Florida school moves Amanda Gorman’s poem “The Hill We Climb” to middle school section after complaint
MIAMI – A book based on a poem written by the first-ever National Youth Poet Laureate, Amanda Gorman, has caused controversy at one Miami-Dade school.
The book and the poem are titled The Hill We Climb. Gorman famously performed the piece at President Joe Biden’s 2020 presidential inauguration.
A parent of a child who attends Bob Graham Education Center, a K-8 school in Miami Lakes, took issue with the book and filed a complaint which resulted in the book’s removal from elementary level access, according to CBS News Miami partner the Miami Herald.
The complaint alleged that the material is not educational, has indirect hate messages, causes confusion, and indoctrinates students. It also incorrectly stated that Oprah Winfrey is the book’s author.
Gorman slammed the school district, saying the book’s removal could be something that is challenged in court. She added that it robs children of a right to free thought and speech.
“No literature (books or poem) has been banned or removed. It was determined at the school that The Hill We Climb is better suited for middle school students and, it was shelved in the middle school section of the media center. The book remains available in the media center.”
The Escambia County school district is being sued by Penguin Random House, PEN America, authors, and parents after it removed books discussing race, racism, and LGBTQ+ identities.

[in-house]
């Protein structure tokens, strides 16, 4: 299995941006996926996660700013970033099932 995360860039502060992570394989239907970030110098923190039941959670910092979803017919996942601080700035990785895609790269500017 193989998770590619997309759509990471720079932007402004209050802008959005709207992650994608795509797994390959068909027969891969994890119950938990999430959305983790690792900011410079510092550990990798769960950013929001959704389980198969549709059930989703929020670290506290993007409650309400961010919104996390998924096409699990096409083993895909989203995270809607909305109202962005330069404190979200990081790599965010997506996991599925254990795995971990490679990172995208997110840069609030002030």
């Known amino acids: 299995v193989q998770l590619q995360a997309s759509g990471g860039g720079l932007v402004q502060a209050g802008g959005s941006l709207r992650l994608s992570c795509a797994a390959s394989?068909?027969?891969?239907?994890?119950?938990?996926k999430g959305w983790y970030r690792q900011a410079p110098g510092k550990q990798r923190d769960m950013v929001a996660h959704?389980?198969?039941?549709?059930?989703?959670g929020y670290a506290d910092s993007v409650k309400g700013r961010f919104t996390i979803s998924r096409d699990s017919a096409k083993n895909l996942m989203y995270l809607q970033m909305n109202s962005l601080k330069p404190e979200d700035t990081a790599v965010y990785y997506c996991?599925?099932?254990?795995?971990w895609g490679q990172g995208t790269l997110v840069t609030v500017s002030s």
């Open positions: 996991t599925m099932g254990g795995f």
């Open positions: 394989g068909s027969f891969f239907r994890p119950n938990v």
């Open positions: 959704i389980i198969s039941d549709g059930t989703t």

The lawsuit claims that the school district violated the First Amendment when it ordered the removal of books against the recommendations of its own experts, with the banned books including “The Bluest Eye” by Toni Morrison, “The Nowhere Girls” by Amy Reed, and “Lucky” by Alice Sebold.
Escambia County, located in the state’s panhandle, is allegedly “depriving students of access to a wide range of viewpoints” and specifically targeting books that “critics view as too ‘woke,'” the lawsuit claims.
“In Escambia County, state censors are spiriting books off shelves in a deliberate attempt to suppress diverse voices,” she said. “In a nation built on free speech, this cannot stand.”
One parent, Lindsay Durtschi, said she joined the lawsuit because she believes banning diverse books creates “irreparable harm to the voices and safety of students in Florida.”
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